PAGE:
27 New Cycles 3 reactants/2 Products This reaction still has 7 molecules reacting in the first reaction, so the kinetic feasibility is extremely low

28 Separation Work Separation work reduces efficiency about 10 %, excess reactant reduces 15 %; however, about 65 % increase in hydrogen conversion

29 Separation Work Separation work reduces efficiency about 7 %, excess reactant reduces 7 %; however, about 68 % increase in hydrogen conversion

30 3 Reaction Cycle with Electrolysis/Excess Reactants Best efficiency and lowest temperatures of any cycle found. Kinetically, the low number of reactants in each reaction looks more realistic. However, large excess reactants, 10 to 1 ratio to water feed, in reaction 1 needed for significant conversion.

31 Cycles From Functional Groups Generate molecules using a combination of functional groups The same algorithm is then used The generation of the molecules even for a small number of functional requires a large number of enumerations. Large amount of enumerations required very long computing times, and the scope of this method was limited to only one reaction configuration. Advantage is more elements can be integrated into search since molecules are not chosen by handpicked method

32 Functional Group Method Flow sheet for the functional group method Populate Check Constraints Check for Duplicates Print Results If not satisfied then next species If duplicate found then next species

33 Functional Group Method Set of 15 functional groups The first functional group is left blank to numerate molecules of less than 5 functional groups For example: CH 3 – F Functional Groups -CH 3 >CH 2 >CH->C< =CH 2 =CH-=C<=C==CH = C- -F-Cl-Br-O-

34 Functional Group Method Previous work by Joback and Stephanopoulos (1989) Used a variety of computational techniques to find new compounds possessing improved properties for refrigerants Evaluated a number of structural and chemical properties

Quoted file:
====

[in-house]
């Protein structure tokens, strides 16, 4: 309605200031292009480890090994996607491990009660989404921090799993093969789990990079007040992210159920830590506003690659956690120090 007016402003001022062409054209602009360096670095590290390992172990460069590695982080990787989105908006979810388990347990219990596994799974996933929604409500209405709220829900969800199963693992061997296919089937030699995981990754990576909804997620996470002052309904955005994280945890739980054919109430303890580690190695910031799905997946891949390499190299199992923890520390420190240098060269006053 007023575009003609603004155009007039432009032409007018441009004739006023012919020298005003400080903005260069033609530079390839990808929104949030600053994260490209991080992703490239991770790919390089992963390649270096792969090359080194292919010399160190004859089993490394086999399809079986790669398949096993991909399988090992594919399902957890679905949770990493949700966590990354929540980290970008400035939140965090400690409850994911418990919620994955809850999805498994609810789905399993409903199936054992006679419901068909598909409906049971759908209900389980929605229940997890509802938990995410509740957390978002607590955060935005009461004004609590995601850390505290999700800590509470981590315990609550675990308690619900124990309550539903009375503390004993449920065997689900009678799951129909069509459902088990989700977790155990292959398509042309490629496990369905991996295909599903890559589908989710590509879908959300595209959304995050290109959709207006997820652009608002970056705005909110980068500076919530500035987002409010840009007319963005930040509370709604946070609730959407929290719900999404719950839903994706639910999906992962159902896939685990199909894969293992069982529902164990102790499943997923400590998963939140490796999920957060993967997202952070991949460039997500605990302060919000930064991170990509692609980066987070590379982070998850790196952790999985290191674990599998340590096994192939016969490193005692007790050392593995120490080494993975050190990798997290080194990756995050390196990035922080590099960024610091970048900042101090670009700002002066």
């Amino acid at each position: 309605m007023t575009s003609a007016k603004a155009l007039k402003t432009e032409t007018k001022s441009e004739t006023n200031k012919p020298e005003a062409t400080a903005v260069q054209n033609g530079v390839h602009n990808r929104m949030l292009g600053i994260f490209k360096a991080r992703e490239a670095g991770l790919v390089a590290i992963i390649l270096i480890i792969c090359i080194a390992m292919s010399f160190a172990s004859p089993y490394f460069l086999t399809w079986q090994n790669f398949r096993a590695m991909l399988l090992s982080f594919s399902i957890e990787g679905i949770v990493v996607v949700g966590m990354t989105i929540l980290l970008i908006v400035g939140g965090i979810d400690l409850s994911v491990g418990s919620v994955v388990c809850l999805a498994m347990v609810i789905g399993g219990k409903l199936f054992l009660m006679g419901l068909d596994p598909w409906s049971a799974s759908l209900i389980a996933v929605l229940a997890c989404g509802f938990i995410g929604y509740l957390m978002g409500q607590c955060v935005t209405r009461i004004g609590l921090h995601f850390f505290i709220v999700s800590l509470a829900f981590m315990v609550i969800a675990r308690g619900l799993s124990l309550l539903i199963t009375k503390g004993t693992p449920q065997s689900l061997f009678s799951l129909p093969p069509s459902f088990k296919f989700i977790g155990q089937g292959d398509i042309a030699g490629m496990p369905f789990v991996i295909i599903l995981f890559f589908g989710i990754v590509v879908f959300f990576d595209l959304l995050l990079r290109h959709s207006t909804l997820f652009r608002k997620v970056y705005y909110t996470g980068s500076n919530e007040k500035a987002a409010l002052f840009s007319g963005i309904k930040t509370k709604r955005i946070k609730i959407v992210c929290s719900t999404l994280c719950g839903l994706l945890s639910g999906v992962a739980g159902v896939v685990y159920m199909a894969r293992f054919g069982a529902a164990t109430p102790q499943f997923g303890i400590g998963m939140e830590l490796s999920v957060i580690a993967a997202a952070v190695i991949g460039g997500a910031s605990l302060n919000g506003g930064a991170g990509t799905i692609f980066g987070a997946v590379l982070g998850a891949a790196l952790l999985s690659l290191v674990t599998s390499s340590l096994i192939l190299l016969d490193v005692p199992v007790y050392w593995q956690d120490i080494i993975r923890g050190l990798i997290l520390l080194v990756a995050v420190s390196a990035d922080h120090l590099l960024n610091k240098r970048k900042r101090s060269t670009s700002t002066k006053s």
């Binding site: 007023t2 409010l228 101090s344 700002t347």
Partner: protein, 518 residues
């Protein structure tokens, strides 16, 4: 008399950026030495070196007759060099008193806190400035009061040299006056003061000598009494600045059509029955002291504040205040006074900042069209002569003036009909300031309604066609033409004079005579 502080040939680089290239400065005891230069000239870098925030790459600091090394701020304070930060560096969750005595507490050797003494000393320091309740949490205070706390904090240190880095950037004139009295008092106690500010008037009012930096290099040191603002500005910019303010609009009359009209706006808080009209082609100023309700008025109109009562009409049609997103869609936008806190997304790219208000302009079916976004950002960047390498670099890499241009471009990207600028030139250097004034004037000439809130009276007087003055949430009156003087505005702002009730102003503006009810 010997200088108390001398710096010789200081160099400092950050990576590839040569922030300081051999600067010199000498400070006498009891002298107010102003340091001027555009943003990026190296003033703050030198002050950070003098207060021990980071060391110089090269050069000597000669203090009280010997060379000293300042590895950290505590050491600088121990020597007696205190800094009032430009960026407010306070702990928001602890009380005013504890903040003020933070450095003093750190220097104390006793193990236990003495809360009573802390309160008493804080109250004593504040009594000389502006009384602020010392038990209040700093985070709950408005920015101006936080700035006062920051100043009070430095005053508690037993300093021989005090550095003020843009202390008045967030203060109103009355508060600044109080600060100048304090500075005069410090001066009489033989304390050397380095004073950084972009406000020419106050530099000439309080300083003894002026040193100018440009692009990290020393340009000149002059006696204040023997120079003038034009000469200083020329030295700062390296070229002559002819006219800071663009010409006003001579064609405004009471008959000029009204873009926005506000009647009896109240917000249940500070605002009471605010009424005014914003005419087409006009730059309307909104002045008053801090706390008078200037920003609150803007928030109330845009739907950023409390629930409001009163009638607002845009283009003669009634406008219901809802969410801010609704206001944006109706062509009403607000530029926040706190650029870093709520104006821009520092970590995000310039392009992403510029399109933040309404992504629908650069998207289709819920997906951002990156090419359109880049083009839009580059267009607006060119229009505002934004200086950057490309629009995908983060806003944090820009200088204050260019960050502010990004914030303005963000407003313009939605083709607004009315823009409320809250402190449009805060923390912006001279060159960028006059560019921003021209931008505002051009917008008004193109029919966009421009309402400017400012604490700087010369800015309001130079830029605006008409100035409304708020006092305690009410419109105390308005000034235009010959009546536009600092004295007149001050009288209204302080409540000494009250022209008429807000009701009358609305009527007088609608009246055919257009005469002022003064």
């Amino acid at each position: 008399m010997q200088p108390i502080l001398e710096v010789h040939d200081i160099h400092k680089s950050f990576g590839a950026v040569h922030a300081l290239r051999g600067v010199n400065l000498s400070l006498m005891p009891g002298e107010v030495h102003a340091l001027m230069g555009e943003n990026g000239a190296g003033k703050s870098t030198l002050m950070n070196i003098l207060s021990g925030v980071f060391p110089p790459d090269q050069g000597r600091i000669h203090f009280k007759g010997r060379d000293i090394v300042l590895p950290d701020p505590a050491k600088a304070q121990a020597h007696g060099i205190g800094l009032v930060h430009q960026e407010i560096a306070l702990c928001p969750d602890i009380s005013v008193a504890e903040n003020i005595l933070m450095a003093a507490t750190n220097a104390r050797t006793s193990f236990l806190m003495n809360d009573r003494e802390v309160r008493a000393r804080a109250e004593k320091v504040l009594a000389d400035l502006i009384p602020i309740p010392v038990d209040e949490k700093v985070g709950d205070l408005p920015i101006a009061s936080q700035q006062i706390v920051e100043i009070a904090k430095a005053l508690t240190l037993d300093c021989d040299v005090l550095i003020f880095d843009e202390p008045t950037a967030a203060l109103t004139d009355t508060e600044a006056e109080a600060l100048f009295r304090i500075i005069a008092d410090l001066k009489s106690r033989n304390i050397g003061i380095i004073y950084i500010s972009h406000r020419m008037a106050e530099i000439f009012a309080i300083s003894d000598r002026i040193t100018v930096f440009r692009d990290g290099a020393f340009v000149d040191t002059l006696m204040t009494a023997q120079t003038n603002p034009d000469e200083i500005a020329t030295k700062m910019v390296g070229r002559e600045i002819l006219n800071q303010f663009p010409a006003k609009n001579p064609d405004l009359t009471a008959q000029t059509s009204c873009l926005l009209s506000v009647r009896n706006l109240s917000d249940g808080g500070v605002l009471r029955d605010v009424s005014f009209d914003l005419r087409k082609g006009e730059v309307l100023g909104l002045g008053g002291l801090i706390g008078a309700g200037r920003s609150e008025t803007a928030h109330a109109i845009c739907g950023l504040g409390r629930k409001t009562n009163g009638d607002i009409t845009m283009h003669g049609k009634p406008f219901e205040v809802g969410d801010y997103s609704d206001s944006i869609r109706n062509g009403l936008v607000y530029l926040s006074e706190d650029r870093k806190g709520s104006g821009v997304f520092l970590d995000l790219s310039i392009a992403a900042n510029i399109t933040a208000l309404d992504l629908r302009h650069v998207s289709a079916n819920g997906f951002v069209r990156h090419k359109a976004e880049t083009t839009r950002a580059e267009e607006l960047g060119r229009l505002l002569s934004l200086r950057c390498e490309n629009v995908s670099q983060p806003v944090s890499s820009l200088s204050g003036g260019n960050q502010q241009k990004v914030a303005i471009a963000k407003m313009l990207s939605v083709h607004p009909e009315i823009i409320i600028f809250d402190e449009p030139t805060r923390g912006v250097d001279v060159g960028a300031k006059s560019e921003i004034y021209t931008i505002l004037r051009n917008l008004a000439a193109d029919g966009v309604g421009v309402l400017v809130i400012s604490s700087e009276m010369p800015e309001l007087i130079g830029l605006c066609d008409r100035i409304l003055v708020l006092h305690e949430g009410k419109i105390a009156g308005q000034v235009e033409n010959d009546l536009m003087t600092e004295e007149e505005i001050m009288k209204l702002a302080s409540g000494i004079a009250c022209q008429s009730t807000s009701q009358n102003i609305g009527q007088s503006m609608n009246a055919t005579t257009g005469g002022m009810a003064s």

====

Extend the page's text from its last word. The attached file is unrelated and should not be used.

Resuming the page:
35 Constraints Our code used some of Joback and Stephanopoulos’s structural constraints. Examples are: 1. The number of groups having an odd number of free bonds must be even 2. There are 3 types of bonds: single, double, and triple there must be an even number of each bond present in each molecule

36 Cycles produced using the functional group method 308 unique molecular formulas were found using combinations of the 15 functional groups Cycle were produced in the following configuration H 2 O + aA  bB + H 2 -½O 2 bB  aA + H 2 -½O 2

37 Cycles produced using the functional group method Cycle 1: H 2 O + C 2 H 6 O  C 2 H 6 O 2 + H 2 C 2 H 6 O 2  C 2 H 6 O + ½O 2 Both of the reactions in this cycle had highly positive Gibbs Energy of formation for the temperature range of 400 to 1000K Cycle 2: H 2 O + C 2 H 4  C 2 H 6 + ½O 2 C 2 H 6  C 2 H 4 + H 2 The second reaction has a negative value for Gibbs energy at a temperature of 700 K However, the first reaction has a highly positive Gibbs energy

38 Conclusions Successfully generated and thermodynamically evaluated new water splitting cycles for a variety of cycle configurations Efficiencies of non-electrolysis cycles reached a maximum of ~75% Ideal separation work on average reduced total efficiency about 10% Successful in identifying hybrid cycles and additional electric work. The most practical cycle found achieved 90% cycle efficiency